An increasingly popular drive is emerging among religious right leaders to weaken the public education system with its alleged hostility to traditional morality and poor record of classroom achievement.
In recent months such prominent leaders as the Rev. D. James Kennedy of Fort Lauderdale, Fla., and Tim LaHaye, popular rightist author, have endorsed plans “to seriously cripple the power that secularism now holds over our culture,” especially the children held “hostage” in public schools. In the Arizona Republic (April 10), D.K. Caldwell reports that four leaders stand out as being responsible for the growing popularity of the movement.
These are the Rev. E. Raymond Moore of South Carolina with his recently formed Exodus 2000 crusade; Brannon House of St.Paul, Minn. who heads the Exodus Project; a third is Robert Simonds of Irving, Calif., who leads the Citizens for Excellence in Education program. The acknowledged leader is Marshall Fritz, an original founder of the Libertarian Party who works with the Separation of School and State Alliance.
As the Religious Right prepares for the upcoming Presidential and Congressional elections of 2000, several of its leaders have also intensified their attempts to change American foreign policy. William Martin writes in the journal Foreign Policy (Spring), that the religious right has stepped up its pressure on Congress to reject the United Nations global warming treaty. There have also been efforts to repeal the North American Free Trade Alliance; religious rightists also have deep skepticism that the International Monetary Fund is more than a front for politically and morally liberal ideologues, and are calling for a vast increase in spending for missile defense systems.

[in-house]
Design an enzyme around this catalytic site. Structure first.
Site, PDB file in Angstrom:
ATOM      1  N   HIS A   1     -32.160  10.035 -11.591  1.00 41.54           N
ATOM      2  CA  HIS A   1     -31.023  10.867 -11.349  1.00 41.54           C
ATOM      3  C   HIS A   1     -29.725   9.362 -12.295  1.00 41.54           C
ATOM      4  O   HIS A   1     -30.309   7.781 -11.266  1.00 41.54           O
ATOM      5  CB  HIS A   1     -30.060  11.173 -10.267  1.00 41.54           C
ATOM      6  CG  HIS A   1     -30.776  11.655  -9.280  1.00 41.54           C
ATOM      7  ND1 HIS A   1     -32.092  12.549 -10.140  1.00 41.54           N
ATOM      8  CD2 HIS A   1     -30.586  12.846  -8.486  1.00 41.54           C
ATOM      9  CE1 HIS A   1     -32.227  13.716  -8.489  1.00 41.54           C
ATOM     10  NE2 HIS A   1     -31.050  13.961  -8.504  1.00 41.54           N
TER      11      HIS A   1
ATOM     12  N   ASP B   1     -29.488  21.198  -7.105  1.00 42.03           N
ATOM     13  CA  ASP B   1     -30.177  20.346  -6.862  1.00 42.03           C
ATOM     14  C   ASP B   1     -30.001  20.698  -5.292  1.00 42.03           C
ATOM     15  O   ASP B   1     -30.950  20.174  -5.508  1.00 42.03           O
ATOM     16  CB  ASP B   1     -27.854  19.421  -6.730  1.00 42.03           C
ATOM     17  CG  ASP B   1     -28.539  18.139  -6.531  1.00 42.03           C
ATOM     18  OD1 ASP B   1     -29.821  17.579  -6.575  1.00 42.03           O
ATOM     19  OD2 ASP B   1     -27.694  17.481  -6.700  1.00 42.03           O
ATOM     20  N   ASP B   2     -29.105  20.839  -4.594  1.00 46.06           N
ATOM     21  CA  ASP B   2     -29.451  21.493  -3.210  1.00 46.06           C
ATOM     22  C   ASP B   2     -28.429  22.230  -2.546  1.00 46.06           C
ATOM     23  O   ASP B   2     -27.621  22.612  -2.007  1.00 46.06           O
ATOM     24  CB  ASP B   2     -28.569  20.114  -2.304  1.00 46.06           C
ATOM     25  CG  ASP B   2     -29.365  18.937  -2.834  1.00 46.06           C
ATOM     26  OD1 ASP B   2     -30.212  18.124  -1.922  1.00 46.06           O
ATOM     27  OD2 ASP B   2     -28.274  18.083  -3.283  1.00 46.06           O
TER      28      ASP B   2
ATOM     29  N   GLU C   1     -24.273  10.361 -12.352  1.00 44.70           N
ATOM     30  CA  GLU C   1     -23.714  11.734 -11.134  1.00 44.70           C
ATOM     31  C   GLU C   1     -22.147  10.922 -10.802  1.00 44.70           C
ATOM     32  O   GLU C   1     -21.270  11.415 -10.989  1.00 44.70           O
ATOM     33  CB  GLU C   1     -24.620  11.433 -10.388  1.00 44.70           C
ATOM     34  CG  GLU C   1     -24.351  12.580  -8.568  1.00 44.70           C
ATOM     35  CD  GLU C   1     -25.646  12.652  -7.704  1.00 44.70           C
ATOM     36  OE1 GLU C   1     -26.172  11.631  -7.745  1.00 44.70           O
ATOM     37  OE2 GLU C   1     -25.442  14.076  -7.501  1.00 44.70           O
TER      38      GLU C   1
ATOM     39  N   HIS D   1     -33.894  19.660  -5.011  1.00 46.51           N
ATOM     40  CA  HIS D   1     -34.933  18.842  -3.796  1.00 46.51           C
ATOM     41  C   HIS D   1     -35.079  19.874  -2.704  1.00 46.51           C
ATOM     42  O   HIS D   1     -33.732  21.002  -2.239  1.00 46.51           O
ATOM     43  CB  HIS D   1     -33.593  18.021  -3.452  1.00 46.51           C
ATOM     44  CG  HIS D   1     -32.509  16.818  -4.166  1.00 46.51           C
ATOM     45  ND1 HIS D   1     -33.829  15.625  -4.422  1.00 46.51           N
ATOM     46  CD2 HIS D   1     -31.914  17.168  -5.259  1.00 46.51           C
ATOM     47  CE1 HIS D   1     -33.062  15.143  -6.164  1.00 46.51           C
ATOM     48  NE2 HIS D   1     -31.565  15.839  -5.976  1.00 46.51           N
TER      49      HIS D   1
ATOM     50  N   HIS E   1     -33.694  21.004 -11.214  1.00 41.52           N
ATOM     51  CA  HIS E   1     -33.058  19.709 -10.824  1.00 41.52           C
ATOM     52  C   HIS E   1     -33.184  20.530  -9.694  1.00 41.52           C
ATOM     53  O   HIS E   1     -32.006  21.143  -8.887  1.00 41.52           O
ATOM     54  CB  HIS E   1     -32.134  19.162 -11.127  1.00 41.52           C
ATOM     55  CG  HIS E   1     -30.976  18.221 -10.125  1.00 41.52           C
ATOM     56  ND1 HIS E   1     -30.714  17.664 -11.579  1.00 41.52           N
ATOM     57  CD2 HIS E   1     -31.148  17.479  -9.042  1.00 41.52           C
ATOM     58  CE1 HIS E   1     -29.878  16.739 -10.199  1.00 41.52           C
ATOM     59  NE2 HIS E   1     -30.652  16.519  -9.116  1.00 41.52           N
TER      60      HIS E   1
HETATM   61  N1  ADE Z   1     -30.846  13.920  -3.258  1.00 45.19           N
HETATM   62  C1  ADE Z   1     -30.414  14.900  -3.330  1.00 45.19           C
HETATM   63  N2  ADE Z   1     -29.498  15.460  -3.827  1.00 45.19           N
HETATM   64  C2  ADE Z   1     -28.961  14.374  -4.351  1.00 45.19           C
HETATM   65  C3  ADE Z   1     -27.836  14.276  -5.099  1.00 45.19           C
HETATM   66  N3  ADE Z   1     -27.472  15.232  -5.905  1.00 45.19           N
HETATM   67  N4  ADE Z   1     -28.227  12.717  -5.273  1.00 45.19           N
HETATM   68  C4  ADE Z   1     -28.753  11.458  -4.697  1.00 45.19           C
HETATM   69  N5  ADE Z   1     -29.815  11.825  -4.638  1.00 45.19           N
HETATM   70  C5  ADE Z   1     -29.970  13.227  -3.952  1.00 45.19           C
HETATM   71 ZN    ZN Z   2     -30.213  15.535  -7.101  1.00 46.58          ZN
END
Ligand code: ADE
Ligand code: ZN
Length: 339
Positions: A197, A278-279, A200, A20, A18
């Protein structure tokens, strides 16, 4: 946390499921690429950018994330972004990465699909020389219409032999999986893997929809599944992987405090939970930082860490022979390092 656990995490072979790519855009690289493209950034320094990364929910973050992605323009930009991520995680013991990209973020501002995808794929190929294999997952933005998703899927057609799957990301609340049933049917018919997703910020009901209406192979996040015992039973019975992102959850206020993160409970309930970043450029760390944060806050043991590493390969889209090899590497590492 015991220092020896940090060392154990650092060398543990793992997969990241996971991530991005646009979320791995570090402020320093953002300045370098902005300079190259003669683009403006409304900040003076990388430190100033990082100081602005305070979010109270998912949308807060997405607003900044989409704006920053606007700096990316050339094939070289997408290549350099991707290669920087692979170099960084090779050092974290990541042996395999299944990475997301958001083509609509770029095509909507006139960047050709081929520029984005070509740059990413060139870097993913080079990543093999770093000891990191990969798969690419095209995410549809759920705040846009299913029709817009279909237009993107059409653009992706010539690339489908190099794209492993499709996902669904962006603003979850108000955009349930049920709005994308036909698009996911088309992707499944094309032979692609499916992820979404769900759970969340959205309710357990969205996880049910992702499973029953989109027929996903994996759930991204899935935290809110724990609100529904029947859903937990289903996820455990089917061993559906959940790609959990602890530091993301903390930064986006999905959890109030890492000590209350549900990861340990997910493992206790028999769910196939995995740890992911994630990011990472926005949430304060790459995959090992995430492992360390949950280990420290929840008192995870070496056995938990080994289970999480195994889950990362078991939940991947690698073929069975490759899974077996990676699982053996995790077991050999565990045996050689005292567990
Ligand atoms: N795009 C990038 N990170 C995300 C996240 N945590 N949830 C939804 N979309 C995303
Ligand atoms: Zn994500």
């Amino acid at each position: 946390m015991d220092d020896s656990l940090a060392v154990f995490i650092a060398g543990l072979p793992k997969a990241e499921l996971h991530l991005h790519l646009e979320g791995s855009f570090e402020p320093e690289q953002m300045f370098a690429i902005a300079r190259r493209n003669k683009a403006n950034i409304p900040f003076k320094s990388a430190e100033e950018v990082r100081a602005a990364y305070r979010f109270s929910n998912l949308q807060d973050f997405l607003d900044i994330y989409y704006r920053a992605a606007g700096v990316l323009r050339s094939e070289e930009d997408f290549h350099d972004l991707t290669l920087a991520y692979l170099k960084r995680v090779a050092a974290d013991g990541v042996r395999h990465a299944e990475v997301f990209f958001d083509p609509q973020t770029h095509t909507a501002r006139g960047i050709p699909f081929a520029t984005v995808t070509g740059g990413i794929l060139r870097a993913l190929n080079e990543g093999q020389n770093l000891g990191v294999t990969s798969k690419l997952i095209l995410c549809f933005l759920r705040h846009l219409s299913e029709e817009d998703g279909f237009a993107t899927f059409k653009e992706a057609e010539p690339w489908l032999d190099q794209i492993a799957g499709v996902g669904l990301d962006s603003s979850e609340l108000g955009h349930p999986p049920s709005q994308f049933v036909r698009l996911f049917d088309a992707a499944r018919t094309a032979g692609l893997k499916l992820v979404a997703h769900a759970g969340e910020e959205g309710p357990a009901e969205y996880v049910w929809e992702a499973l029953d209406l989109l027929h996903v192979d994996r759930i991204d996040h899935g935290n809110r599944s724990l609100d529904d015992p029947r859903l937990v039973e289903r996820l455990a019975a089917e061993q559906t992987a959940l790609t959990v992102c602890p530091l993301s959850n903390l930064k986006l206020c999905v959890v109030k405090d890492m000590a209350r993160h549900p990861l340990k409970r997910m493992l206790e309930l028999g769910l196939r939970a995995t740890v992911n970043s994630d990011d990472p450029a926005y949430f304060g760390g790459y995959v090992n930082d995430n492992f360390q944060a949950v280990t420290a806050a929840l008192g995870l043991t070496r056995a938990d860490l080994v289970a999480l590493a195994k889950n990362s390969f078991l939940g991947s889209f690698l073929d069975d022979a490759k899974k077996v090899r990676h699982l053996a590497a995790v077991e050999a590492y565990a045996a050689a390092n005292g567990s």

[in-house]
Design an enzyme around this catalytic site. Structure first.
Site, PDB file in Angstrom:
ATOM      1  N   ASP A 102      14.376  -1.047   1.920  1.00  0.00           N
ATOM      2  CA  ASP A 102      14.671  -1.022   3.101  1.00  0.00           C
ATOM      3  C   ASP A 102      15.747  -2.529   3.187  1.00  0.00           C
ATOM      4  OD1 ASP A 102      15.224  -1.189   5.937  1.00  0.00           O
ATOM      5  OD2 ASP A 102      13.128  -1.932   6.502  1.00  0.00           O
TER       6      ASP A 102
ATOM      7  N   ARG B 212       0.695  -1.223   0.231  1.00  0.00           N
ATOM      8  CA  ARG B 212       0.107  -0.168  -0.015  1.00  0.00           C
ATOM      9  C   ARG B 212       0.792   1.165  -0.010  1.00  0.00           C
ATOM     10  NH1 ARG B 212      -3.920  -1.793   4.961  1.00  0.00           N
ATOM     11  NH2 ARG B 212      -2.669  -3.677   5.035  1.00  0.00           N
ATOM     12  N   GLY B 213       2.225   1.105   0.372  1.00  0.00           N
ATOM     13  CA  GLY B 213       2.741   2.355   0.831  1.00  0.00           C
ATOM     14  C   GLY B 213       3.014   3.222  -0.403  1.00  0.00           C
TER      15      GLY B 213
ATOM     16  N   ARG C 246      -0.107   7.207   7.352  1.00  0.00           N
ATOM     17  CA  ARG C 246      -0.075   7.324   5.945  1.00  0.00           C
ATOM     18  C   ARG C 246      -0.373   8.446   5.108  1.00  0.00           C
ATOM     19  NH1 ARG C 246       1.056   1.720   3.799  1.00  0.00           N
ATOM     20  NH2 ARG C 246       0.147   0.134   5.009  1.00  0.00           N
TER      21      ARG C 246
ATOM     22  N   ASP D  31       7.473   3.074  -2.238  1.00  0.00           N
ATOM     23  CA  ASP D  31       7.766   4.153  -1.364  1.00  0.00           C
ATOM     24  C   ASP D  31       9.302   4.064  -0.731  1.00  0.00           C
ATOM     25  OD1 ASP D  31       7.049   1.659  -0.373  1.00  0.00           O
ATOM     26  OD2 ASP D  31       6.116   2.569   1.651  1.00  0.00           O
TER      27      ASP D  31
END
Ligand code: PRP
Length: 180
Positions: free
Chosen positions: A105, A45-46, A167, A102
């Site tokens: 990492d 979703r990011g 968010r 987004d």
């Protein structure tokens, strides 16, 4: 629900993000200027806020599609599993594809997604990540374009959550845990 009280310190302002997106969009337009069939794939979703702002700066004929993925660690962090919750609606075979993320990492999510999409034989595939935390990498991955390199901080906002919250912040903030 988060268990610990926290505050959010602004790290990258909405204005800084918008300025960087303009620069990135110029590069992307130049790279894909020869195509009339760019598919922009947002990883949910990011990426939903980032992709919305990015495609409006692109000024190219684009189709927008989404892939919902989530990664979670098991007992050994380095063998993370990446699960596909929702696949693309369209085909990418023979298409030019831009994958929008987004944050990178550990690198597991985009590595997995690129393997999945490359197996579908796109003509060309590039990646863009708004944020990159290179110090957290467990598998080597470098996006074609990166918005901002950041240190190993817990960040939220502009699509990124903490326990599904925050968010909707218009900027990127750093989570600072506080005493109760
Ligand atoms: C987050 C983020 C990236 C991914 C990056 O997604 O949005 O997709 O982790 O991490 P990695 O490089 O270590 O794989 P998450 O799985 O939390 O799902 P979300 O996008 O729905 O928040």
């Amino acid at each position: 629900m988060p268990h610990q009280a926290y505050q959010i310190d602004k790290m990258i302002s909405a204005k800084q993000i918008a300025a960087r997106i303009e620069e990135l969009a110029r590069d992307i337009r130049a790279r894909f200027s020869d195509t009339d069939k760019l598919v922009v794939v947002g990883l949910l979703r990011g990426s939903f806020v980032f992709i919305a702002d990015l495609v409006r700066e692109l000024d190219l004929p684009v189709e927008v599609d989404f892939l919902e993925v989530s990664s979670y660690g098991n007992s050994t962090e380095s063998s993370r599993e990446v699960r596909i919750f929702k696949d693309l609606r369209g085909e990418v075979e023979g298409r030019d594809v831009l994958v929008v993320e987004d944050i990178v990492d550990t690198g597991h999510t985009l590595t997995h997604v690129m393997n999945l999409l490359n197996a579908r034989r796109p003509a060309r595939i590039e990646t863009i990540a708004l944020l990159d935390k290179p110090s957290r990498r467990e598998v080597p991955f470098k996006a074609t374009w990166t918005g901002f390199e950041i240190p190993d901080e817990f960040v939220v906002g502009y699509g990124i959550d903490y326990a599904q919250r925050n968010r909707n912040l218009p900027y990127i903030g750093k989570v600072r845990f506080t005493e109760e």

Beyond that, Martin adds that the religious right has demonstrated its clout by being largely responsible in l990 for the United States declining to join the UN Population Fund which needed U.S. funding to provide contraceptives to some l.4 million women in 150 countries.
— By Erling Jorstad, a RW contributing editor and author of books on the religious right.